HC Deb 15 January 2004 vol 416 cc975-83 1.14 pm
Mr. A. J. Beith (Berwick-upon-Tweed) (LD)

I beg to move, That the First Special Report from the Constitutional Affairs Committee (House of Commons Paper No. 210) be referred to the Committee on Standards and Privileges.

I am grateful to you, Mr. Speaker, for confirming that the report raises an important matter and for giving it precedence over all other business today. I hope that we can deal with it expeditiously, so that right hon. and hon. Members can go on to deal with the Bill set down for debate this afternoon. However, the report is important because it concerns the freedom of witnesses to give evidence to the House and its Committees without fear of penalty or punishment. That freedom has been reasserted by the House on many occasions.

The Constitutional Affairs Committee conducted an inquiry last year into the Children and Family Court Advisory and Support Service—a non-departmental public body whose board was appointed by the Lord Chancellor. Ms. Judy Weleminsky, a CAFCASS board member, submitted written evidence on her own behalf, much of it critical of the management of CAFCASS. She received advice that she was protected by parliamentary privilege when giving evidence to the Committee.

Ms. Weleminsky's evidence, along with evidence from many other witnesses, greatly assisted the Committee in reaching its conclusions—which were severely critical of CAFCASS management, of the organisation's failure to meet its responsibilities to vulnerable children affected by court proceedings and of aspects of the Lord Chancellor's dealings with CAFCASS.

One of the Committee's recommendations was that a fundamental review of the board of CAFCASS should be undertaken. The Government accepted that and other recommendations and commissioned a review. The chairman of CAFCASS had already resigned. Following the review the Lord Chancellor asked all the remaining board members to resign. Ms Weleminsky declined to do so.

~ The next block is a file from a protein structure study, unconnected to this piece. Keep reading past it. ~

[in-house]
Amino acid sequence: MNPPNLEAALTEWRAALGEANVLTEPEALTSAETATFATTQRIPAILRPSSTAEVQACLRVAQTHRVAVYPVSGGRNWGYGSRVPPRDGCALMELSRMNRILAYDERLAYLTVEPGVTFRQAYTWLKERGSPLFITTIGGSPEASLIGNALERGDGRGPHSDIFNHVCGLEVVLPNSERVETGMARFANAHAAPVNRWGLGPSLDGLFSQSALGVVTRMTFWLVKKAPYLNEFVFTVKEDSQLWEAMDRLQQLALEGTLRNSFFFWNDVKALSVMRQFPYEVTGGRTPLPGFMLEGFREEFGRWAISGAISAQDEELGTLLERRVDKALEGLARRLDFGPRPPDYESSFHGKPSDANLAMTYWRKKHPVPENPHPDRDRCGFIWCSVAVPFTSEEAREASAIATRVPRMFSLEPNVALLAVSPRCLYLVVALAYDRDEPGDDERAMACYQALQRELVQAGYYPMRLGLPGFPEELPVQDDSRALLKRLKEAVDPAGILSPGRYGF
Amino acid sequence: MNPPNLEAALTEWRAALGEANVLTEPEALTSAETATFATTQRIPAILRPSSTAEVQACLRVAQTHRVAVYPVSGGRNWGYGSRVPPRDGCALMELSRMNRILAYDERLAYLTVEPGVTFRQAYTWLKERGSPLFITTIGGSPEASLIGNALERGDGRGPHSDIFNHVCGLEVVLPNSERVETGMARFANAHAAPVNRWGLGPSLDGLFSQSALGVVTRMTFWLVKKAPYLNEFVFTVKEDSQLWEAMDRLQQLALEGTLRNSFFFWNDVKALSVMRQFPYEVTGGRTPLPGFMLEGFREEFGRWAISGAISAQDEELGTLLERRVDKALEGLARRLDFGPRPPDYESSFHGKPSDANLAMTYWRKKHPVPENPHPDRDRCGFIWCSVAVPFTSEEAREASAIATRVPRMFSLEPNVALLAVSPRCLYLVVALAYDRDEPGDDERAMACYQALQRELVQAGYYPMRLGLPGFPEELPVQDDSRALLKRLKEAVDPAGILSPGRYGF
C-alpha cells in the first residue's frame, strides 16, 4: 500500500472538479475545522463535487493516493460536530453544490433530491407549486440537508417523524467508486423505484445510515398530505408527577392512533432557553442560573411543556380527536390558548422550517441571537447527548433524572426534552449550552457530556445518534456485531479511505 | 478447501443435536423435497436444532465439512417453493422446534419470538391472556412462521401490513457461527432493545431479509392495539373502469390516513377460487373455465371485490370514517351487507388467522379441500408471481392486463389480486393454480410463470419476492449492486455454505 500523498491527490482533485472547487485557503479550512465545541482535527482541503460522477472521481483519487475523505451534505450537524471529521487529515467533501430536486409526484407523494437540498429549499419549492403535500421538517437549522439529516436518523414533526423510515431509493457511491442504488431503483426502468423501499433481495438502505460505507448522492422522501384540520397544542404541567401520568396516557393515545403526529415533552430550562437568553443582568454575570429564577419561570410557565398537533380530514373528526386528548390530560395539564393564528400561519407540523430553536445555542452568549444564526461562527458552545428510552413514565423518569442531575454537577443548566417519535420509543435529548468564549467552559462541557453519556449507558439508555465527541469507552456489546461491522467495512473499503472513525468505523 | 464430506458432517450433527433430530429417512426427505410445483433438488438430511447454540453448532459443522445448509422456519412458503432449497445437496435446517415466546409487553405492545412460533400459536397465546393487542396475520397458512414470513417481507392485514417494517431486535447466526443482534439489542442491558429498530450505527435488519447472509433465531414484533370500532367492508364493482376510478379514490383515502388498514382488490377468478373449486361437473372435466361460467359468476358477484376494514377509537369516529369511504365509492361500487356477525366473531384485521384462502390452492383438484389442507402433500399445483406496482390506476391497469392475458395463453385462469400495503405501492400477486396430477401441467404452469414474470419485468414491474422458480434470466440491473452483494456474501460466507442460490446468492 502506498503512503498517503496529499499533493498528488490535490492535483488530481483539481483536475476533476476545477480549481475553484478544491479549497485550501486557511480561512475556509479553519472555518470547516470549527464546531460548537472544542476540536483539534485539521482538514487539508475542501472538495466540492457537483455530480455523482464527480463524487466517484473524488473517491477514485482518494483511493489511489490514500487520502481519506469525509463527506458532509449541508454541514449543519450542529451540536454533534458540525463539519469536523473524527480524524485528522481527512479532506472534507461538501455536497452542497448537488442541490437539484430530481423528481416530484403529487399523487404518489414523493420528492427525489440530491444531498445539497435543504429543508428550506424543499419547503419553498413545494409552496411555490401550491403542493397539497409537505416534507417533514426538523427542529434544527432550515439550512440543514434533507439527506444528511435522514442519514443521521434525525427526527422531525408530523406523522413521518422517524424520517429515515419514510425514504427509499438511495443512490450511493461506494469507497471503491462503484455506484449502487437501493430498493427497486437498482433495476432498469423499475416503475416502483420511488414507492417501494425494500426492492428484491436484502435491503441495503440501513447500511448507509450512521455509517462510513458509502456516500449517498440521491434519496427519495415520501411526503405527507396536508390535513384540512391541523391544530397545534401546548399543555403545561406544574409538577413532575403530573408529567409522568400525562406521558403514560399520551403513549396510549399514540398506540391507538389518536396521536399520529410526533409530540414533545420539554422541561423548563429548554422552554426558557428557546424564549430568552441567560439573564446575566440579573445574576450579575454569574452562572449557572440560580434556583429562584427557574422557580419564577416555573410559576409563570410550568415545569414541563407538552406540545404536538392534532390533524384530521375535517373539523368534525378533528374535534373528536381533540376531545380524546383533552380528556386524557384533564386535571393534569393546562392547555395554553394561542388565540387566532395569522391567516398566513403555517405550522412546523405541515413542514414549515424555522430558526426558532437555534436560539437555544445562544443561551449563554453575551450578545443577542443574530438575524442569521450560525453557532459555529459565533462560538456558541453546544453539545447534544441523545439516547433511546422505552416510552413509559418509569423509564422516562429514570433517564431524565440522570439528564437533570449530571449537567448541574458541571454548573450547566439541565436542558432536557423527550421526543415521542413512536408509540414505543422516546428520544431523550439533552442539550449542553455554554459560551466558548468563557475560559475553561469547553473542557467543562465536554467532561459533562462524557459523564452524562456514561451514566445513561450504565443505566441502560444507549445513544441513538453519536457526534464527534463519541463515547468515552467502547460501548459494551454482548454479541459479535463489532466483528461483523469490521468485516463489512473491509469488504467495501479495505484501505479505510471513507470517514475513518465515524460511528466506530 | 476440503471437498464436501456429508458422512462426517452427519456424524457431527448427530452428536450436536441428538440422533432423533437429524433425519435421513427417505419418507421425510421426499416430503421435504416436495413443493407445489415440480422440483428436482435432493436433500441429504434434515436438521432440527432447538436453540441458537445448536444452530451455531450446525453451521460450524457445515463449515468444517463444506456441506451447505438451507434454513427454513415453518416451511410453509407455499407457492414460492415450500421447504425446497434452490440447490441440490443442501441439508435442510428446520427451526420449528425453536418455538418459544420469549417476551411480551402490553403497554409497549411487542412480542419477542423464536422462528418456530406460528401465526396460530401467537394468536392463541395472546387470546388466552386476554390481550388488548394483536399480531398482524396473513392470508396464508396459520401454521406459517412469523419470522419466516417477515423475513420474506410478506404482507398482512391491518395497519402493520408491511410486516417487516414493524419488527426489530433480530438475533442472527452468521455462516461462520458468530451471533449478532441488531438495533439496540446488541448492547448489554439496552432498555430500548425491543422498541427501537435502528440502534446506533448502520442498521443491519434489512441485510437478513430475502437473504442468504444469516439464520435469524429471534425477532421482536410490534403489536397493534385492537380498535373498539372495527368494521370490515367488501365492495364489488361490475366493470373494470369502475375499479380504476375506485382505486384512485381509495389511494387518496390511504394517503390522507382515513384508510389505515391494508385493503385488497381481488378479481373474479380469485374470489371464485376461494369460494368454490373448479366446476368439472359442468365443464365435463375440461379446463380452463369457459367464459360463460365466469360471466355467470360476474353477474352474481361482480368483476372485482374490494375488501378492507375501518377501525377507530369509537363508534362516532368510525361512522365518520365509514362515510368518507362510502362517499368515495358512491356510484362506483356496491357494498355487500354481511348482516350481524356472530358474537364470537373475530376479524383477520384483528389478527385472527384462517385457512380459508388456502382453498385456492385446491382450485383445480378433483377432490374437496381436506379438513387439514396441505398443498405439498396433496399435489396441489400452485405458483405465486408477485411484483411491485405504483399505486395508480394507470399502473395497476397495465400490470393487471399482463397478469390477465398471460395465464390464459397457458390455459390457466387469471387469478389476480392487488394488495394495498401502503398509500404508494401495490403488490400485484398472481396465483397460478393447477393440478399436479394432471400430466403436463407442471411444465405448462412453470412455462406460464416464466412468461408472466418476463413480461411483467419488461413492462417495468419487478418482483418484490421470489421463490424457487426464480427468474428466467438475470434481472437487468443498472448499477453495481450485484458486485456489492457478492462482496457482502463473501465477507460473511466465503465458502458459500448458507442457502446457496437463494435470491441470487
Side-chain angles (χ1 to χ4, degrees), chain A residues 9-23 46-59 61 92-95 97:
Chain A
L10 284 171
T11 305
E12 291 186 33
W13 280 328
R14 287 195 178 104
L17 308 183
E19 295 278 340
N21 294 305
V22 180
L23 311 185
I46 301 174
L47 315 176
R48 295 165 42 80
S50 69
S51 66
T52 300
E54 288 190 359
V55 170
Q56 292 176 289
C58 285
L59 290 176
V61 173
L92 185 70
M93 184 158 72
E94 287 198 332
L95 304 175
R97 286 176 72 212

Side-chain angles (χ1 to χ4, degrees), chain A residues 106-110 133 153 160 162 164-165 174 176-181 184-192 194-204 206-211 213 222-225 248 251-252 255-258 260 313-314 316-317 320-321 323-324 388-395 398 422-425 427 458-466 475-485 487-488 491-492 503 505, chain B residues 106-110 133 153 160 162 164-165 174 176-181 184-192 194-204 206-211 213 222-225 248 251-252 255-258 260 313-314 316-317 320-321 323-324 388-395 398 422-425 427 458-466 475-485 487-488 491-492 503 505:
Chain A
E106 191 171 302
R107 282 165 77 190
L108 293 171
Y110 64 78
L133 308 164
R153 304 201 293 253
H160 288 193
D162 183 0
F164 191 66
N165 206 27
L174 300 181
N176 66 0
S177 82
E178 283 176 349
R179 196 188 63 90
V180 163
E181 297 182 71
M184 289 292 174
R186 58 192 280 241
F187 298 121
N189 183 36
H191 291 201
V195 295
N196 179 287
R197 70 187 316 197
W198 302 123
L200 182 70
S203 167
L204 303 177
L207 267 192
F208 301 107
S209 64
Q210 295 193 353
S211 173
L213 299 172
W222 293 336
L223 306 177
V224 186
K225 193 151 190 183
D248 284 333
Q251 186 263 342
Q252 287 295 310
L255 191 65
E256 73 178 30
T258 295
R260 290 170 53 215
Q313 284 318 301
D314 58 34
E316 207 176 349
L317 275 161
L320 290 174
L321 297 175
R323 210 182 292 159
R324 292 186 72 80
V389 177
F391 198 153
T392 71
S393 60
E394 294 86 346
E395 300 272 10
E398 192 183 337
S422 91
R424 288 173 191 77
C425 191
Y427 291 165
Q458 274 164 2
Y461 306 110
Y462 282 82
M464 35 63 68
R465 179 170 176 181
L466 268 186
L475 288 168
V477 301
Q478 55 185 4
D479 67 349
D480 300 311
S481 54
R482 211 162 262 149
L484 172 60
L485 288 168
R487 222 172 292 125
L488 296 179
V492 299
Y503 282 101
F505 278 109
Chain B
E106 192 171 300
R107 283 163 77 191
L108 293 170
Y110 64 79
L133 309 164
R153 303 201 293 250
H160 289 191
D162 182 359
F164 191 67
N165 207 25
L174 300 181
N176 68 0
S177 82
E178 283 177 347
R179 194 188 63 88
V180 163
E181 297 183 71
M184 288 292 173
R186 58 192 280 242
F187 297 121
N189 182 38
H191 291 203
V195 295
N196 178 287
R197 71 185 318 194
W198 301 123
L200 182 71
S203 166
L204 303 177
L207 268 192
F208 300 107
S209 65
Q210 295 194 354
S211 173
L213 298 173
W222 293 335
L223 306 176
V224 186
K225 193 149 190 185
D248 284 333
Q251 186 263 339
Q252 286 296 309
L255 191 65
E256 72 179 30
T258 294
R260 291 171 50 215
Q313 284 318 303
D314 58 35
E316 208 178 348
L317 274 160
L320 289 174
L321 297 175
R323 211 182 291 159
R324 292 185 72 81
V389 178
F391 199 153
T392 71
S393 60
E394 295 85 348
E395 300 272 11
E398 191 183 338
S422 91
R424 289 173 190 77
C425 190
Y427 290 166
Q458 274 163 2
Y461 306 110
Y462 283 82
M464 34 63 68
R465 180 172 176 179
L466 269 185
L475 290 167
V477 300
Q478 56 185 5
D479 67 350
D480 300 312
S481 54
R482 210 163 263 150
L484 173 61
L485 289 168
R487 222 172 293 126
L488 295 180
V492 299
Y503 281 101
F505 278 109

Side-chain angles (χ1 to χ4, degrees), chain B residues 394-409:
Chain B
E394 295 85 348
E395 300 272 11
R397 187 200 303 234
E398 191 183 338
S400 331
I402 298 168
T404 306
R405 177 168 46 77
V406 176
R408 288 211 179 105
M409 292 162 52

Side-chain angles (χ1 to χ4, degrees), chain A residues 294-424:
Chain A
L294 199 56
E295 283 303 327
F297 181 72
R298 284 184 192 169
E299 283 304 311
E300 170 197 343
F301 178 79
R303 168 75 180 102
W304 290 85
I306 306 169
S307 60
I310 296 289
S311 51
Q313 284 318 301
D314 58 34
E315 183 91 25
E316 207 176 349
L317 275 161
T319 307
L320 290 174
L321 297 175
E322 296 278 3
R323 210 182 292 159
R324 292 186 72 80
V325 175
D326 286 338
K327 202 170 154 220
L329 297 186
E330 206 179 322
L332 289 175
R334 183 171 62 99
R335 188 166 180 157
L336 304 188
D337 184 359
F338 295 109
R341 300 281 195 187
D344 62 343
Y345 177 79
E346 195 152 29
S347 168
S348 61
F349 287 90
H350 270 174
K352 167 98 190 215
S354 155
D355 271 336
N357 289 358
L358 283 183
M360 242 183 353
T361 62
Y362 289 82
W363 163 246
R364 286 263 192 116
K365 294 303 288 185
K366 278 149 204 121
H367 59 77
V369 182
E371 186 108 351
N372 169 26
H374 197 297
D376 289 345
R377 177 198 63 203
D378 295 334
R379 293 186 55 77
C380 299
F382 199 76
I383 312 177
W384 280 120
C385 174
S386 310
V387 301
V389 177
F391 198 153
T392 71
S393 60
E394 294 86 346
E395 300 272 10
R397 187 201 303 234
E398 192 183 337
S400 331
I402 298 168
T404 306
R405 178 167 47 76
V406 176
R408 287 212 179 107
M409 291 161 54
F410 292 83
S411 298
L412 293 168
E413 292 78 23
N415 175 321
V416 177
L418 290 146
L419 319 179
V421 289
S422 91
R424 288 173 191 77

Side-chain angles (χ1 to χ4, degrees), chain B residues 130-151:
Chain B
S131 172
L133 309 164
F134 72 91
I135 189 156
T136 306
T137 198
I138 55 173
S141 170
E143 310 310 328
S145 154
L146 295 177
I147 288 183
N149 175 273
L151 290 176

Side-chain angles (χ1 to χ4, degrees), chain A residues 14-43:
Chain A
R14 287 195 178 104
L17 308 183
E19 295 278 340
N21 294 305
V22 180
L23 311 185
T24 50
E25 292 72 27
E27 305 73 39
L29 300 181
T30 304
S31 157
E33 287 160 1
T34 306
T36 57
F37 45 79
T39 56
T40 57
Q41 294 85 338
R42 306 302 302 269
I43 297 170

In December, Ms Weleminsky received a letter from the Lord Chancellor that suspended her from duty as a board member and indicated an intention to dismiss her, on grounds that included an allegation that she had failed to behave in a corporate manner". Accompanying the letter was a document to which the letter referred—a review by a senior civil servant in the Department of Constitutional Affairs, Mr. David Crawley, of a dossier submitted by the former Chairman of the CAFCASS board, Mr. Hewson, before he resigned. The first of the six specific allegations set out in the document that accompanied the Lord Chancellor's letter was that Ms Weleminsky presented separate evidence to the Select Committee looking into CAFCASS, in a manner which undermined the organisation. The document concluded that that evidence was (and was intended to be) in conflict with the evidence that CAFCASS itself had previously submitted to the Committee". The document goes on to list other allegations, which Ms Weleminsky disputes but which are not part of the Committee's concern in relation to today's motion. Our concern is that the words to which I have referred, even if they are combined with other allegations, could amount to a serious case of interfering with a witness.

As soon as that matter came to my notice I wrote to the Lord Chancellor expressing grave concern and asking for an explanation. After taking advice, the Lord Chancellor replied that his decision to suspend Ms Weleminsky did not depend wholly, or in part, on the fact that she had given evidence to the Select Committee…I make it clear that no disciplinary action can be based on the fact of giving evidence to the Select Committee but further added that having regard to the reference in Mr. Crawley's dossier to this allegation, I should have made this clear". He went on to give his view that even ignoring this allegation, suspension was clearly justified". The Lord Chancellor's letter to Ms Weleminsky also reveals that he was considering her dismissal on the basis of allegations in the dossier before the review and before the decision to ask the entire board to resign. That correspondence is set out in appendices to the Committee's special report.

Mr. Douglas Hogg (Sleaford and North Hykeham) (Con)